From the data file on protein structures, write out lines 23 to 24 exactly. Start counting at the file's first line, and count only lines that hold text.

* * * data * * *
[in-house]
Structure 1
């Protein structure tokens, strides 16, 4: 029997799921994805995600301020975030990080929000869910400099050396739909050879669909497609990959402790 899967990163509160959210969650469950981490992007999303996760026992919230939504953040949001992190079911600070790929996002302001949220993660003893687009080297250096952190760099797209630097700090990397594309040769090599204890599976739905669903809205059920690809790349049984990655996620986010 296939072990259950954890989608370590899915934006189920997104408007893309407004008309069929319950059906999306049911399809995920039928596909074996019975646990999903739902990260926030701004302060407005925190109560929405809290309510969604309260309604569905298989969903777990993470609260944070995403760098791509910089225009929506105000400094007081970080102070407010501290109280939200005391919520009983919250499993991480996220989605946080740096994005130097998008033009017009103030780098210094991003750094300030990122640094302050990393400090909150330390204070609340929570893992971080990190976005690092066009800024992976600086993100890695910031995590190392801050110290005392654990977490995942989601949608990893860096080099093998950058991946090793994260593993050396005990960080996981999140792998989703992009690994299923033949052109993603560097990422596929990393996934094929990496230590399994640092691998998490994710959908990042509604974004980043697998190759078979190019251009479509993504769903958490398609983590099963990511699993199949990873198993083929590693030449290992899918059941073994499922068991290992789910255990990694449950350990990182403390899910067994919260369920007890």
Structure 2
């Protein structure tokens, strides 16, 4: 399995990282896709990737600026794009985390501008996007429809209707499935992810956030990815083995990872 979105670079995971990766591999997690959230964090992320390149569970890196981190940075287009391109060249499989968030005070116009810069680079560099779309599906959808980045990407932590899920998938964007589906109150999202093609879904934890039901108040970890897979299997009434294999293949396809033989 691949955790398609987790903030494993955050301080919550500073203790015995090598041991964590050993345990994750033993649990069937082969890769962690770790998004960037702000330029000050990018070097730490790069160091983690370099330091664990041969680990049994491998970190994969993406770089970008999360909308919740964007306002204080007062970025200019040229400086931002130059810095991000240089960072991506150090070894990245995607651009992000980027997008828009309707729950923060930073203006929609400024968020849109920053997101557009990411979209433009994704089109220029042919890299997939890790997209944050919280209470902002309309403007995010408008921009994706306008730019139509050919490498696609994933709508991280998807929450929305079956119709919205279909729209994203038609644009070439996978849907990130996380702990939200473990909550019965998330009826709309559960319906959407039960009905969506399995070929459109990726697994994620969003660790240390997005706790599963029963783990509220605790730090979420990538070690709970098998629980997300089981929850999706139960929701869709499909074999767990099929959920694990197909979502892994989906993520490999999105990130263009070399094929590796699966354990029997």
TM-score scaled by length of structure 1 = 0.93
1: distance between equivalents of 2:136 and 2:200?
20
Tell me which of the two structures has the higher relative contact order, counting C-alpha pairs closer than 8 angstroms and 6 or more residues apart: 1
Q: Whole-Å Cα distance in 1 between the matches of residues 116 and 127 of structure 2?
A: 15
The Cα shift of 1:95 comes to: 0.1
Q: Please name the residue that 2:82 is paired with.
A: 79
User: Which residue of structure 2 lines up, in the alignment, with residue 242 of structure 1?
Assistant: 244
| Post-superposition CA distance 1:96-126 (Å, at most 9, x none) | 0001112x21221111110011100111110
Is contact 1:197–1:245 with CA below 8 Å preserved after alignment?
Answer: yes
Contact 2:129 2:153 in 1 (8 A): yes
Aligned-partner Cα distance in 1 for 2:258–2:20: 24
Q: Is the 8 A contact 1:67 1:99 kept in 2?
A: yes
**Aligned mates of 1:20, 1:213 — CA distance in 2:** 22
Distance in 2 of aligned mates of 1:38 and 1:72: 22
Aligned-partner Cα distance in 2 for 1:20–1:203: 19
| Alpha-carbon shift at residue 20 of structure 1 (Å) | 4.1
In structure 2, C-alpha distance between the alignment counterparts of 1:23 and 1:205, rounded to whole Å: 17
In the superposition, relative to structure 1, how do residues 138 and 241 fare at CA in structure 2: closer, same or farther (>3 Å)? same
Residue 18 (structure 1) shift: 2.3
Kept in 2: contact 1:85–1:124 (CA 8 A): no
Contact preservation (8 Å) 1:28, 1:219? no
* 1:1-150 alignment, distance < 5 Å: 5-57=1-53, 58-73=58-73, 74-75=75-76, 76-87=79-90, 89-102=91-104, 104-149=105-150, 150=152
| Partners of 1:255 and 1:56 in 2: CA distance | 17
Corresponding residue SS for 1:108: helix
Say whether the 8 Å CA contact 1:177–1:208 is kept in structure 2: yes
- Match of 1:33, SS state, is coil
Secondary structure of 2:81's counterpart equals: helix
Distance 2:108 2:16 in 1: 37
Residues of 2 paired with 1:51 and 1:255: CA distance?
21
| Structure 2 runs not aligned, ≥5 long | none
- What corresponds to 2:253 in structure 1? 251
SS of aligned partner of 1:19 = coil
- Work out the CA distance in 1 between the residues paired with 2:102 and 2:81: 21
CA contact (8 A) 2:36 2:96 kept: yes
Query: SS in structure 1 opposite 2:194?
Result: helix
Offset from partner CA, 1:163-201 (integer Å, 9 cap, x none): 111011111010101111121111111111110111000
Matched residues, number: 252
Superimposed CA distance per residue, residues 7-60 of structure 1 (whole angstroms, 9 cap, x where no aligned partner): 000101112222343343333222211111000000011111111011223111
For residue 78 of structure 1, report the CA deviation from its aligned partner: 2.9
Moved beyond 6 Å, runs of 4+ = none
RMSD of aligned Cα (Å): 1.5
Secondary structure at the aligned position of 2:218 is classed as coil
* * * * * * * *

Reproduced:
A: yes
**Aligned mates of 1:20, 1:213 — CA distance in 2:** 22